My wife came into the living room, her face scrunched in a way that I knew that something had truly displeased her.
“Why is Thor a woman now?”
I grinned as I leaned in, this wasn’t normal consternation, this was nerd consternation. “Well someone new has the hammer, so now they wield the power of Thor.”
“But they’re calling her Thor. She’s not Thor. Is she Loki’s half-brother, now? Is she Odin’s daughter?”
“Well no, it’s not like Thor changed into a woman, which they’ve done before. It’s like he’s a guy who happens to have the same name as someone famous.” I paused, parsing it to make sure my hastily-assembled nerd logic held. “He’s still Thor; he’s just not THOR.”
She leveled a calculating glance. “Well why don’t they call her something else? Why is this new girl THOR?”
“They still need a Thor, but he’s not worthy, so they got someone new.”
“Hmm.” She turned heel and left the room as suddenly as she came in, my role as household Marvel oracle fulfilled.
Yes, as you’ve likely heard by now, Marvel is wading into the “strong-women superhero” headliner pool in a big way by recasting one of their big three heroes as a new female character. Personally, I couldn’t be happier.
Gender politics aside, a fall from grace always makes a good story. As does a character who obtains new and possibly overwhelming power. What’s unfortunate is that, without more details to go on from Marvel, the gender politics became the story. And not everyone is happy. Maybe not “blood in the streets” nerd rage, but definitely “clenched fist, silently shaken at the screen.” I am hoping that, once we get more hints at what precipitates Thor’s fall, the knee-jerk “Y THOR WMN NOW? NO R34D!” crowd will pipe down a little bit. I want this to be more than just a headline-grabbing stunt. I want there to be a female thunder god that can go toe-to-toe with the biggest and baddest in the Marvel universe and not blink an eye. But I want there to be a reason why it has to be her and not someone else.
Jason Aaron, the series’ writer, seems to have the right frame of mind about things by making it clear that this isn’t just “She-Thor” or “Thorita” or some other ridiculous 2-issue stand in. There’s no qualifier in her name. She wields the mighty Mjolnir, she’s THOR.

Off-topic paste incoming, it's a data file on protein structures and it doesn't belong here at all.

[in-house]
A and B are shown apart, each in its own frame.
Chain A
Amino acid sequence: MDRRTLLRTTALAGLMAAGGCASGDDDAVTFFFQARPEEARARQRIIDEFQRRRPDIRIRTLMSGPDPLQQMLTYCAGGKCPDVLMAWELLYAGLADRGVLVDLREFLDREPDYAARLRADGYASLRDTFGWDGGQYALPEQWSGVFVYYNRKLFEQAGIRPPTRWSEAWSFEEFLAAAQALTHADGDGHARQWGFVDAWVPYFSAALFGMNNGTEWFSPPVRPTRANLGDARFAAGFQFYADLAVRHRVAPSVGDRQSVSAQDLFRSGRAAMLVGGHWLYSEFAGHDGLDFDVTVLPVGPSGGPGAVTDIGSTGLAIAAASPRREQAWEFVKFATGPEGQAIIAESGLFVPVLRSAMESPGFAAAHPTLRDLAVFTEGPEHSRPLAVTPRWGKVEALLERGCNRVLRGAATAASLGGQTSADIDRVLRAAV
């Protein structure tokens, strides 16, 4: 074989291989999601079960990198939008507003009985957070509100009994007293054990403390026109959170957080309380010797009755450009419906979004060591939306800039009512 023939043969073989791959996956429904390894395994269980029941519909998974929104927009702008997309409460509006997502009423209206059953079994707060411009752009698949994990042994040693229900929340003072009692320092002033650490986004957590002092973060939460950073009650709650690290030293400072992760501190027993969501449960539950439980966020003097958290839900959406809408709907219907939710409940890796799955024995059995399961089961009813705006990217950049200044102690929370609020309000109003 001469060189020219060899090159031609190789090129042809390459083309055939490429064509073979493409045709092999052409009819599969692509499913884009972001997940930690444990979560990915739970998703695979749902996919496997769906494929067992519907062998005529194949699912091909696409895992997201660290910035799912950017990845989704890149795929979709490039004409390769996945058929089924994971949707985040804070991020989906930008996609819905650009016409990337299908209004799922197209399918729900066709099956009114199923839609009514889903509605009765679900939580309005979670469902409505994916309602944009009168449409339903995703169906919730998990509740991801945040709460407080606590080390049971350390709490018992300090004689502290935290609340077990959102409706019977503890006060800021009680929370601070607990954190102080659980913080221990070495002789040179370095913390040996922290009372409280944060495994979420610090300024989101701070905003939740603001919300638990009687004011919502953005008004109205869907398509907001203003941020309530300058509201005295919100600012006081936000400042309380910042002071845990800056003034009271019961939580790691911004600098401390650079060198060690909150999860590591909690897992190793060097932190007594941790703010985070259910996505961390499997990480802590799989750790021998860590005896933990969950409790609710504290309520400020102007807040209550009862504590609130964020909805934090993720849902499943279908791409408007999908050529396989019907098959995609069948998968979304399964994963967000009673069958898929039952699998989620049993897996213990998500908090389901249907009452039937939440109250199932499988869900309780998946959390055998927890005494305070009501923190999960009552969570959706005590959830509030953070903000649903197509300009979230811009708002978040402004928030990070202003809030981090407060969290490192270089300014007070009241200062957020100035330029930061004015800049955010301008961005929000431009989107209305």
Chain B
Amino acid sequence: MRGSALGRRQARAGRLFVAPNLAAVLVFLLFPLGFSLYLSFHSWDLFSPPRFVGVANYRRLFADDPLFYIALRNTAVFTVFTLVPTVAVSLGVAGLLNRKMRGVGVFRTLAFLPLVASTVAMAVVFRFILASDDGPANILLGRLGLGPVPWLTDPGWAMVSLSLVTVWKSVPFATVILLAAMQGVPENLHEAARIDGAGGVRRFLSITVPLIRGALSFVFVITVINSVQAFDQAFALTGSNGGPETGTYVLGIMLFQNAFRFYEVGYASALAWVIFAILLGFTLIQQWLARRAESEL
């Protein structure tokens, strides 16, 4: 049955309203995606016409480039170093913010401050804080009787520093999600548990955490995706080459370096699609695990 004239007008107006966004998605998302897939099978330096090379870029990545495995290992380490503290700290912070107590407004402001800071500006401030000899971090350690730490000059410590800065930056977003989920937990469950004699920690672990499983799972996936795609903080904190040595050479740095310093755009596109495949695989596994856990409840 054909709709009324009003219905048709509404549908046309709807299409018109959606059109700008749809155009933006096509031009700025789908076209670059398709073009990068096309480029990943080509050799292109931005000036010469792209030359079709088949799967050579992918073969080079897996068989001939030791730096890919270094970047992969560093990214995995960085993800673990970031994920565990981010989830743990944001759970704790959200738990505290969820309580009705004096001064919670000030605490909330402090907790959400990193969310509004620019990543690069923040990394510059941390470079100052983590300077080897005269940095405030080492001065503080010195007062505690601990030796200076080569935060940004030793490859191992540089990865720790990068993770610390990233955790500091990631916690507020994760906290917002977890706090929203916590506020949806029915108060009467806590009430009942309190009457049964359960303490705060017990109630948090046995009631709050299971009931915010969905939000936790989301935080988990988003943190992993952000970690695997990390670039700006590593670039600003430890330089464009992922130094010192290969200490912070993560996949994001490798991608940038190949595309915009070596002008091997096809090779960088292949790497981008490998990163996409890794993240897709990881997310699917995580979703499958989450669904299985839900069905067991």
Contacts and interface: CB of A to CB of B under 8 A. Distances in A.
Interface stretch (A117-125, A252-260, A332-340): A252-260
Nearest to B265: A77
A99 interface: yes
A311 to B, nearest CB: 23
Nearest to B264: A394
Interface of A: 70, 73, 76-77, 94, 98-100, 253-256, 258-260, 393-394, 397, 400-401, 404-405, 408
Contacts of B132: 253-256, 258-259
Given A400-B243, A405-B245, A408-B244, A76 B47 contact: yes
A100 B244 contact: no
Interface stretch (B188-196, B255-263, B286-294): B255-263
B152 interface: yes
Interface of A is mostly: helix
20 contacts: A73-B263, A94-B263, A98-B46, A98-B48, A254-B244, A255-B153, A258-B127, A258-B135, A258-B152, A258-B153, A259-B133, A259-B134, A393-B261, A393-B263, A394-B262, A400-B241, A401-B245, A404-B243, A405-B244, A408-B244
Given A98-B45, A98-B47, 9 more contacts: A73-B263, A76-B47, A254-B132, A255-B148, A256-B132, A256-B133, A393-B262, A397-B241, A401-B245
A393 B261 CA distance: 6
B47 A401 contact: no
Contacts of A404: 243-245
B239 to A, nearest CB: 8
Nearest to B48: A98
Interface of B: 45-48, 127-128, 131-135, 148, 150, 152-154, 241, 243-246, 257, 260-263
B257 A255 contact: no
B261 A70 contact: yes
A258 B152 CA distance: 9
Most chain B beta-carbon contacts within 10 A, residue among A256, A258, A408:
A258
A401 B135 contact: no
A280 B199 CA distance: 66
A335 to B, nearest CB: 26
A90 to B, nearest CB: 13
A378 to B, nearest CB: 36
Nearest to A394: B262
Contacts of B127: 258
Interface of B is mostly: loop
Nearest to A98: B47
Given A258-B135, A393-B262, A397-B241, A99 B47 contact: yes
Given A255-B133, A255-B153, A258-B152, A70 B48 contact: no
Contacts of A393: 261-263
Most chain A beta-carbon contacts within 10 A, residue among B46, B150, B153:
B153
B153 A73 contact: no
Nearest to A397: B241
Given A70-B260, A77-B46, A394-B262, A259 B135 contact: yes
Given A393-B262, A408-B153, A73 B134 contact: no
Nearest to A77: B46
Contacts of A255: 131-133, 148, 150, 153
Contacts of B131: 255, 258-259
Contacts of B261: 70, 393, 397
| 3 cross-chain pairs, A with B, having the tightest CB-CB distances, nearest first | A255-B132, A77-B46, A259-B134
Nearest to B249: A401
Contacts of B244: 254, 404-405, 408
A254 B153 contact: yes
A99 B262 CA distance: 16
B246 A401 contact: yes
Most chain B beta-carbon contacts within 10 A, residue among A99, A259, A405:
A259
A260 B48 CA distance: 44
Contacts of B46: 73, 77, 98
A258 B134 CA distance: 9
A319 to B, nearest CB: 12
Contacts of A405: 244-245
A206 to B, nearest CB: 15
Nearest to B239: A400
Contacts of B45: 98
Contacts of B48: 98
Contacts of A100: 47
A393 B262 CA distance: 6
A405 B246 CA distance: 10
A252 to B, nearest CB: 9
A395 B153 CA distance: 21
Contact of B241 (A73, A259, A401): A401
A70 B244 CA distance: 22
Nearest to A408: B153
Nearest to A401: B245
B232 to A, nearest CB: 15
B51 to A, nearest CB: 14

And woe-betide any scruffy, deposed god sporting an Asgard-punk arm and god-killing axe that tries to get it back.
4 thoughts on “Don’t Call Her Thorita: New Female Thor to Wield the Hammer”
I like the idea of a strong stand-alone female Marvel superhero, but I can’t help but think this is a lazy way to go about it. If you want a compelling stand-alone female super-hero, create one. Regardless of whether you put a “she” in front of the name, it’s still a female version of a male super-hero. People will think of her as the female Thor—not simply as Thor. Thus she will be unlike truly original female super-heroes like Wonder Woman. You don’t think of Wonder Woman as “the female Wonder Woman.” The character is and has always been superlatively female and it goes without saying.
I would be a lot more excited if Marvel had announced the creation of a brand new stand-alone female super-hero with powers to rival the greatest in the Marvel universe. I would be excited if they were featuring this new character prominently in her own book and putting her at the center of a major new story ark. That would be worth applauding. Female Thor feels like a publicity stunt.
Not happy. She needs her own name. Is this going to bleed all over the movies too?
I like it. It takes Thor as more a position than a person, but so be it. I find it annoying that people will accept a litany of BS in the comic worlds (I mean, I don’t even know where to begin) but “OMG, Thor is now a woman” is some major catastrophe. Oh yeah, we can have storywarps that twist characters and timelines into pretzels, we have deus ex machina everywhere and we have literally dozens of examples of characters played by different people… “But this? This is beyond the pale!” I call bullsomethingorother.
I never did follow Marvel anything, but the basic premise here seems tacky. Why is it necessary to take Thor out of the picture and give his power and hammer to some woman? I guess I just wonder what the real motivation is. Is it really so impossible to come up with a new character with it’s owns strengths and weaknesses that you have to “steal” power and strength from someone else to give it to her?
The man here becomes unworthy so the woman takes the hammer? That seems questionably biased, as though there is an undercurrent of a shift in thinking rather than simply an interesting twist.
I don’t understand it, but then it won’t make much difference to me either way. Still, perhaps whatever storylines Marvel writes are too -narrow- to accommodate male AND female superheroes/godly figures. It seems bizarre, to me at least, to pull new characters out of a hat without backstory (at least none that’s been mentioned in several articles referencing this news), etc, but perhaps that’s just the Marvel way.
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